The current step-up saves taxpayers more than $40 billion a year, according to the congressional Joint Committee on Taxation. The new proposal would take back some of that to help pay for social programs. It would be a profound change to a provision that has been in the tax code for 100 years.
Under the proposal, the un-taxed gains on investments held at death, such as stocks, land, or a home, would likely be taxed at a top rate of 39.6%, above an exemption of $1 million per individual, plus $250,000 more for a primary home. For married couples, the total exemption would be doubled, to up to $2.5 million of gains.
How to prepare:
Potential strategies that could help with this rule change include the use of flexible grantor trusts, which allow swapping assets, borrowing, loaning; Irrevocable trusts which permit gifting to charity to avoid a deemed sale and capital gains); consider prioritizing low-basis assets for charitable giving. If this proposal goes into effect, we suggest discussing options with your advisor and tax professionals.
Estate and Gift Tax Changes
Under Biden’s new tax laws he is proposing to reduce the estate and gift tax exemption amount to $3.5 million. Maybe lower. The current exemption amount is $11.7 million. A reduction in this amount will result in more tax for many families at death. For example, an estate of $5 million (currently under the $11.7 million limit) would be taxable for amounts over $3.5 million.
How to prepare:
Consider using and funding a GRAT (grantor retained annuity trust) to transfer excess growth of appreciating assets while minimizing gift and estate taxes. Today’s GRAT rates are historically low, so this is an ideal time to create a GRAT. Consider funding trusts now. Particularly those that are expected to need cash to meet future expenses, such as life insurance premiums, in case annual exclusions are capped. We recommend discussing such strategies with your lawyer and/or CPA.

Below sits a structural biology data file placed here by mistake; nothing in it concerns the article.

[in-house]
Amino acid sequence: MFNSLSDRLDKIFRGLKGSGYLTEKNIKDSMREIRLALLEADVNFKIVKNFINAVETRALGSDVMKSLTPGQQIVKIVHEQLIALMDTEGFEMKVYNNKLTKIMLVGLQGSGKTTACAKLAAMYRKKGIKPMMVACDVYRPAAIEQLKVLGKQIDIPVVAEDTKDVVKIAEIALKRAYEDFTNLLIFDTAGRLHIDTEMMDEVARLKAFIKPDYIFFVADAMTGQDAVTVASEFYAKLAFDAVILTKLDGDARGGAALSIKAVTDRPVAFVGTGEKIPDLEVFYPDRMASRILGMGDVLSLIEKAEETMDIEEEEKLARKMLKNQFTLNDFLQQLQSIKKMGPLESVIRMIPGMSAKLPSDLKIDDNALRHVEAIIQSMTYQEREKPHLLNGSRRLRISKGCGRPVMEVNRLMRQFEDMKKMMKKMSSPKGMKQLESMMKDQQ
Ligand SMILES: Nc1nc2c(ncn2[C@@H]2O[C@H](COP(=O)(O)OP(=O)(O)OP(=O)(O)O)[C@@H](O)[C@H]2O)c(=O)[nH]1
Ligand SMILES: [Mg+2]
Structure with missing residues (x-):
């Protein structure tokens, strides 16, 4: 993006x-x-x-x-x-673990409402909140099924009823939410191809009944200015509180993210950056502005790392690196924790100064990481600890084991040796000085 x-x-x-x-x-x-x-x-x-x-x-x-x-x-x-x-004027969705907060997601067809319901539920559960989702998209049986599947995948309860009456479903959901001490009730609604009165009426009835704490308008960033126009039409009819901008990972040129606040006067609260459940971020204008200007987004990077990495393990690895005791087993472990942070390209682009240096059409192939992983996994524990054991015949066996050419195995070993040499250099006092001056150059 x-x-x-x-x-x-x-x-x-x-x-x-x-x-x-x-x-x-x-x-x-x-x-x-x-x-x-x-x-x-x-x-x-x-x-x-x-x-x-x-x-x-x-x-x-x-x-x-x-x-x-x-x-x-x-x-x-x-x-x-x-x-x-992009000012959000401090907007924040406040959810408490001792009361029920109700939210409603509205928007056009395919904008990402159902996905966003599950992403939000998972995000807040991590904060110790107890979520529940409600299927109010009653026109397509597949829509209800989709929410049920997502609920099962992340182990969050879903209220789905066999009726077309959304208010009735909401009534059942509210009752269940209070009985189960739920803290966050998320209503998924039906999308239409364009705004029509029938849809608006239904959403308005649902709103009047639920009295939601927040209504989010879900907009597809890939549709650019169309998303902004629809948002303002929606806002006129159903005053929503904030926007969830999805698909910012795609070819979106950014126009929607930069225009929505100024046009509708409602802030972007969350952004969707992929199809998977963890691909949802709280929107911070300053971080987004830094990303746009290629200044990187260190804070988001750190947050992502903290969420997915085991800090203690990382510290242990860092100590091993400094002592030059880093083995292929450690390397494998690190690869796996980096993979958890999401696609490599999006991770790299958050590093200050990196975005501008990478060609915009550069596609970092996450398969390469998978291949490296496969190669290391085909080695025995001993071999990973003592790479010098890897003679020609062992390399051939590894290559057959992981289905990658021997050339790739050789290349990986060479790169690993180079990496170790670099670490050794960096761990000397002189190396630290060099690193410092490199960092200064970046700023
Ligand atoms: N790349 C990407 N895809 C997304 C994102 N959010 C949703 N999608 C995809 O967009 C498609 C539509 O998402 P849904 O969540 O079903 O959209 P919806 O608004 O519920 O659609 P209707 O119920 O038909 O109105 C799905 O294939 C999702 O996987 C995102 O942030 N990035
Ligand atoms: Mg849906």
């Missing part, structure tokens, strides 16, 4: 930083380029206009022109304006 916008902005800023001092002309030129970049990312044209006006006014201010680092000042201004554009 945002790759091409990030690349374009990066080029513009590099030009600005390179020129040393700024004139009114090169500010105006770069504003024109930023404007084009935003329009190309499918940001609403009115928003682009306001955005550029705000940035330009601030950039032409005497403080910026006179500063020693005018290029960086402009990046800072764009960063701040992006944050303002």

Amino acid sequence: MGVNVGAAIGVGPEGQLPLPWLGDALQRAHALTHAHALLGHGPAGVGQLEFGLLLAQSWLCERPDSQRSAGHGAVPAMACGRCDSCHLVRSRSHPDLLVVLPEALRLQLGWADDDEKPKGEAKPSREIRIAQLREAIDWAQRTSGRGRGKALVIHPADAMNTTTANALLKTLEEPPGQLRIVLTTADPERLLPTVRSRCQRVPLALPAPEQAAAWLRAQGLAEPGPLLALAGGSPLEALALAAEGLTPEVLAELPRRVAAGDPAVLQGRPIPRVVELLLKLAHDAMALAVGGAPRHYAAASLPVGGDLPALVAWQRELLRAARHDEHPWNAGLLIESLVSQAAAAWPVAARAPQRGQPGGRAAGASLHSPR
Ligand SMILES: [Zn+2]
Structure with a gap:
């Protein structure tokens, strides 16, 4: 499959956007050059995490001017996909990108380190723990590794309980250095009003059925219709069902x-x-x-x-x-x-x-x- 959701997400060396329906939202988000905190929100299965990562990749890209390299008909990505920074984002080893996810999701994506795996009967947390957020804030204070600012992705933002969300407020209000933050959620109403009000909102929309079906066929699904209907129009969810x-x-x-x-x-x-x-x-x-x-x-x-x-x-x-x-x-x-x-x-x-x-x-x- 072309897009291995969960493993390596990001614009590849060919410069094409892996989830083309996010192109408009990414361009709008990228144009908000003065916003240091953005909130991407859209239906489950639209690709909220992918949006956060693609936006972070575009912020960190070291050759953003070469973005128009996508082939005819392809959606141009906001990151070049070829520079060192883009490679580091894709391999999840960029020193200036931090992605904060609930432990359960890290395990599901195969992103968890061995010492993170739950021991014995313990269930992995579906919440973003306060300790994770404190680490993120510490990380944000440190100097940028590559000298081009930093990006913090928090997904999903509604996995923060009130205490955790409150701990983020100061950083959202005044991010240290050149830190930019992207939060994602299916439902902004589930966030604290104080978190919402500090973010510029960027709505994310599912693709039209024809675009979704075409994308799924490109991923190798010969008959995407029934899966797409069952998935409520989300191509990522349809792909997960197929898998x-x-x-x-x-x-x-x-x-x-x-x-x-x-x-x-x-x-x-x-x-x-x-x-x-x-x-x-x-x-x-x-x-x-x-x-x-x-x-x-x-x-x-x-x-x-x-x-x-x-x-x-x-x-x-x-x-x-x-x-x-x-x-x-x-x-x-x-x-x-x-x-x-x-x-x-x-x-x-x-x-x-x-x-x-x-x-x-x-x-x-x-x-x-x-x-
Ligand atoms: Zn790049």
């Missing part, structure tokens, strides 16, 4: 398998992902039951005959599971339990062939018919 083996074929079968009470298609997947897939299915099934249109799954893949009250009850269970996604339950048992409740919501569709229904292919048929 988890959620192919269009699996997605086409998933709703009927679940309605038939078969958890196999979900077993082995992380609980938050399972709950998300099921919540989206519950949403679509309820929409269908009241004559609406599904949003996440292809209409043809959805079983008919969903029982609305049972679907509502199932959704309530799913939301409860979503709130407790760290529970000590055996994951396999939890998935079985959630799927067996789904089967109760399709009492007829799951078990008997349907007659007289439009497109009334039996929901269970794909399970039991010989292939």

Further, you can still implement annual gifting. Current limits allow for gifts up to $15,000 per donee per year. A solid strategy used to pass wealth while staying within IRS limits. A married donee may gift $15,000 to a spouse, as well.
Individual Income Tax
Biden is also proposing to increase the top individual ordinary income tax rate to 39.6% for families making more than $400,000 ($200,000 for individuals). The current tax law is 37% top individual ordinary income tax rate. The proposed income tax increase is relatively small. It would return it to 2013-2017 levels, however, there are still some tax mitigation opportunities.
How to prepare:
First, make sure you are fully funding your 401k and IRAs, further convert traditional IRAs into a Roth IRA, i.e. a Backdoor Roth. Revisit elections on deferred compensation plans.
Other Proposed Tax Laws
Biden’s proposed new tax laws include much more than listed here. These are the biggest changes, to read more about all the proposed changes reference The American Jobs Plan and The American Family Plan.
Although definitive tax policy changes have not yet been enacted, it is highly likely we will see changes to the tax landscape late in 2021 or early 2022. Biden’s new tax laws could have a significant impact on your finances and taxes, with specific changes on investment income. Bonfire Financial can help you create a financial plan and optimize your tax strategy based on your needs and goals.
If you have questions on how to prepare for Biden’s new tax laws or are interested in scheduling a financial planning audit, please reach out to our CFP® professionals at 719-394-3900.